Nature 461, 1243-1247 (29 October 2009) | doi:10.1038/nature08480; Received 9 July 2009; Accepted 28 August 2009; Published online 18 October 2009; Corrected 29 October 2009

Genome evolution and adaptation in a long-term experiment with Escherichia coli

Jeffrey E. Barrick1,7, Dong Su Yu2,3,7, Sung Ho Yoon2, Haeyoung Jeong2, Tae Kwang Oh2,4, Dominique Schneider5, Richard E. Lenski1 & Jihyun F. Kim2,6

  1. Department of Microbiology and Molecular Genetics, Michigan State University, East Lansing, Michigan 48824, USA
  2. Industrial Biotechnology and Bioenergy Research Center, Korea Research Institute of Bioscience and Biotechnology, Yuseong, Daejeon 305-806, Korea
  3. Department of Computer Science and Engineering, Chungnam National University, Yuseong, Daejeon 305-764, Korea
  4. 21C Frontier Microbial Genomics and Applications Center, Yuseong, Daejeon 305-806, Korea
  5. Institut Jean Roget, Laboratoire Adaptation et Pathogénie des Microorganismes, CNRS UMR 5163, Université Joseph Fourier, Grenoble 1, BP 170, F-38042 Grenoble cedex 9, France
  6. Functional Genomics Program, School of Science, University of Science and Technology, Yuseong, Daejeon 305-333, Korea
  7. These authors contributed equally to this work.

Correspondence to: Richard E. Lenski1Jihyun F. Kim2,6 Correspondence and requests for materials should be addressed to R.E.L. (Email: or J.F.K. (Email:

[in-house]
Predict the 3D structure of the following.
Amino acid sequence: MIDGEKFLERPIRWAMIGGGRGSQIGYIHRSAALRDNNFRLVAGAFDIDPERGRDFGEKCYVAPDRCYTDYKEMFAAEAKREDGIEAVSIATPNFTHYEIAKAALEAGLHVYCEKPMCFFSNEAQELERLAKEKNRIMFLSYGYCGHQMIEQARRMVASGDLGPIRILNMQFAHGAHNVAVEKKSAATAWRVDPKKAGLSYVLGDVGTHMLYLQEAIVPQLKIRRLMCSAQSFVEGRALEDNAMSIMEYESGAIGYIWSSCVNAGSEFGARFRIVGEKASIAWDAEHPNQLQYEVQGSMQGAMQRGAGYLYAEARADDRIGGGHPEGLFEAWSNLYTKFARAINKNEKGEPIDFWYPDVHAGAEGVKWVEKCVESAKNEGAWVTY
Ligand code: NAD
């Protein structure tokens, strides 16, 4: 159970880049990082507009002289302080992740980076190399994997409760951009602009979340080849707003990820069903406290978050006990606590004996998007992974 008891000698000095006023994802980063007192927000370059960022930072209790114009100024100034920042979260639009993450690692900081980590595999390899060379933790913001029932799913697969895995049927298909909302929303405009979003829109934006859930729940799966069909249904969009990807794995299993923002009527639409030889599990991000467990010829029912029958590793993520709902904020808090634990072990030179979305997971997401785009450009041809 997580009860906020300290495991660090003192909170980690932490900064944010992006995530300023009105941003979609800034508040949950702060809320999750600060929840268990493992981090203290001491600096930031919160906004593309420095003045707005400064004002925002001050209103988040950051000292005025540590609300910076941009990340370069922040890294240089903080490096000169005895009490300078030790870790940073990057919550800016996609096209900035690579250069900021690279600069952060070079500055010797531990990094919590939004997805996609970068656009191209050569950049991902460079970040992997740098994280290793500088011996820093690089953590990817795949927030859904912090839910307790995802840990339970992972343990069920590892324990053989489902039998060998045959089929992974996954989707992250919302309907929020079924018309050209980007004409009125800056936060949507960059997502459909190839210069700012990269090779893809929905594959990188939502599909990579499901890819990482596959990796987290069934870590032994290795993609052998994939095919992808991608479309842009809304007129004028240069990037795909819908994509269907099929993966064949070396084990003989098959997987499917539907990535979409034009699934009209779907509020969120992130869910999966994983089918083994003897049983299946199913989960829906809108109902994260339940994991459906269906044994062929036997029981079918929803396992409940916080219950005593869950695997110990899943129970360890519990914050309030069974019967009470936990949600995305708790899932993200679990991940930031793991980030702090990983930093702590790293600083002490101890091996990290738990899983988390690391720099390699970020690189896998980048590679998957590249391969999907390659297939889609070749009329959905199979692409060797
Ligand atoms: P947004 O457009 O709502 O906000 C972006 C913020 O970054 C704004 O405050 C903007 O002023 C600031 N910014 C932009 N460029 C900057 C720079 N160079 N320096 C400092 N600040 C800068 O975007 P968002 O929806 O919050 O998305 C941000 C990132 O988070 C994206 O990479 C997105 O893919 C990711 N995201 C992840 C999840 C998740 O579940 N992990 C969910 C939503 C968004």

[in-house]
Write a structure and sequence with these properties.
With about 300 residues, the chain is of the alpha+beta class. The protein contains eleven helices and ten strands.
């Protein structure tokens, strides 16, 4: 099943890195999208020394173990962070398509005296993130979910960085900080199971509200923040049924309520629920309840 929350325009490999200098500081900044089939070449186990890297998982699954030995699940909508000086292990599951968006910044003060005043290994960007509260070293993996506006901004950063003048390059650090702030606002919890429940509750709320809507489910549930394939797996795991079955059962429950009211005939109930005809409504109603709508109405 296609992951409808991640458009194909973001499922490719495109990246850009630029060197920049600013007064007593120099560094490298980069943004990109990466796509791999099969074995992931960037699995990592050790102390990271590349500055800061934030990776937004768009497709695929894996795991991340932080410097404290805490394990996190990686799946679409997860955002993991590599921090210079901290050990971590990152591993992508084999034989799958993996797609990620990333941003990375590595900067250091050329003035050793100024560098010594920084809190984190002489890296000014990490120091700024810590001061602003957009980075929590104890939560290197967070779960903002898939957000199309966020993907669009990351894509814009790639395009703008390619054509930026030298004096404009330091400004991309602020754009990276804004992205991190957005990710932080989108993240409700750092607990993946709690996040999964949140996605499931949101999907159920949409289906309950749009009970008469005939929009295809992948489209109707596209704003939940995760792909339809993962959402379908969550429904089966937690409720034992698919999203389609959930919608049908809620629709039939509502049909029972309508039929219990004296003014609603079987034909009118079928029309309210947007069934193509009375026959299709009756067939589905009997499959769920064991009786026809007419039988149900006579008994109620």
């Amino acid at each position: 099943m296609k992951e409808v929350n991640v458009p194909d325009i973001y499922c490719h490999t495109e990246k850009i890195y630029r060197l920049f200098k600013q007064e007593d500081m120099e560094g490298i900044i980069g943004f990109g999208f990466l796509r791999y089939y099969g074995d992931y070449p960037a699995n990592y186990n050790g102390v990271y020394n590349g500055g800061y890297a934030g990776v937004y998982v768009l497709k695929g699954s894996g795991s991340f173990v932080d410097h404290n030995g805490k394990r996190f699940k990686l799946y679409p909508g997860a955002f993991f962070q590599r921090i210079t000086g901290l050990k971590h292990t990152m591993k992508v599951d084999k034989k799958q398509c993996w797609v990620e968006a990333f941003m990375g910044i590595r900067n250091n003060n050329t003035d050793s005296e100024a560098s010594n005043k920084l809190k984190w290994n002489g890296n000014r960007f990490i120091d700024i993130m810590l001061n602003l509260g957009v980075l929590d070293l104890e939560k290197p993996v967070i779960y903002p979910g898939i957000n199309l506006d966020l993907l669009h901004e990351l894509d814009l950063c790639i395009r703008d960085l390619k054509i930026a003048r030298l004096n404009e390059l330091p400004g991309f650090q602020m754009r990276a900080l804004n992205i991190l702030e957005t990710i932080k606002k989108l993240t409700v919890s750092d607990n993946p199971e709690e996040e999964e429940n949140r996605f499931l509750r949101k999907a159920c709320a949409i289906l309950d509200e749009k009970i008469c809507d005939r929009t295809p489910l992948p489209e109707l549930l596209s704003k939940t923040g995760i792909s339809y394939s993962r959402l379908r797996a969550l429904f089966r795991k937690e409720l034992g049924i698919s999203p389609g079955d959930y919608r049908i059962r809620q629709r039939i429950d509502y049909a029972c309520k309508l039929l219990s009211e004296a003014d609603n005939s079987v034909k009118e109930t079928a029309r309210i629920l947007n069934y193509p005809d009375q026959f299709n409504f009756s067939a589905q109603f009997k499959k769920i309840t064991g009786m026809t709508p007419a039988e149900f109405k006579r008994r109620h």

The relationship between rates of genomic evolution and organismal adaptation remains uncertain, despite considerable interest. The feasibility of obtaining genome sequences from experimentally evolving populations offers the opportunity to investigate this relationship with new precision. Here we sequence genomes sampled through 40,000 generations from a laboratory population of Escherichia coli. Although adaptation decelerated sharply, genomic evolution was nearly constant for 20,000 generations. Such clock-like regularity is usually viewed as the signature of neutral evolution, but several lines of evidence indicate that almost all of these mutations were beneficial. This same population later evolved an elevated mutation rate and accumulated hundreds of additional mutations dominated by a neutral signature. Thus, the coupling between genomic and adaptive evolution is complex and can be counterintuitive even in a constant environment. In particular, beneficial substitutions were surprisingly uniform over time, whereas neutral substitutions were highly variable.


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